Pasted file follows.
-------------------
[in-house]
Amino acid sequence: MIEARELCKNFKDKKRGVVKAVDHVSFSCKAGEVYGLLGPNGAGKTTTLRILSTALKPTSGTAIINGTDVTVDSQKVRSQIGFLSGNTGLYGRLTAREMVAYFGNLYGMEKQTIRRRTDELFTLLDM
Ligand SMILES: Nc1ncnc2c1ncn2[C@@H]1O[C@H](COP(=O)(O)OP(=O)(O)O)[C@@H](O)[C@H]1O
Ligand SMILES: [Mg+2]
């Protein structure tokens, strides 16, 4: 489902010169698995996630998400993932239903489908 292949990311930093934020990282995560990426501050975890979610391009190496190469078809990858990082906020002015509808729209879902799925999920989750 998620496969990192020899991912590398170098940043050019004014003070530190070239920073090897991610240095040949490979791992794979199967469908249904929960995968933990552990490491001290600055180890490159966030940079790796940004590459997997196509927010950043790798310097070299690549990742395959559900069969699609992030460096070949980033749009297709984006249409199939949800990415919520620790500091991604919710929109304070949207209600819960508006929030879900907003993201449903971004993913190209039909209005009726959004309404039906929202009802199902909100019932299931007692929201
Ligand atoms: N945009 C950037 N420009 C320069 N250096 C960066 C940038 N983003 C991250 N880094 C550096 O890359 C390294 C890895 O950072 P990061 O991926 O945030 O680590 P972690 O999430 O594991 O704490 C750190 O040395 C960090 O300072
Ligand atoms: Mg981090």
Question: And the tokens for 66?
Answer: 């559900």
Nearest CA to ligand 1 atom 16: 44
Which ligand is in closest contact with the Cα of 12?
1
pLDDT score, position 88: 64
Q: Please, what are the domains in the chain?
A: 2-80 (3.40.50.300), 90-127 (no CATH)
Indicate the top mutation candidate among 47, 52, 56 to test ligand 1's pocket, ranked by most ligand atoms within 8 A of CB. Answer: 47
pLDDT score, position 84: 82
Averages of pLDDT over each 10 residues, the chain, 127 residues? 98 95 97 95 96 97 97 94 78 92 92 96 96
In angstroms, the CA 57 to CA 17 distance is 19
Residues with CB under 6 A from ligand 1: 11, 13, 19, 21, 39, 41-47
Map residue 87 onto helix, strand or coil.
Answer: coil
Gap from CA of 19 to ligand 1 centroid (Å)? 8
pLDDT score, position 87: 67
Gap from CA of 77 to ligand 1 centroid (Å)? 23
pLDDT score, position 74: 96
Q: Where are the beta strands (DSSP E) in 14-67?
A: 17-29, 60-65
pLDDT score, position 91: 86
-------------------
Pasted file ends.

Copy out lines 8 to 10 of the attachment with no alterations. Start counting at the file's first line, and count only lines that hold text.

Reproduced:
Question: And the tokens for 66?
Answer: 């559900």
Nearest CA to ligand 1 atom 16: 44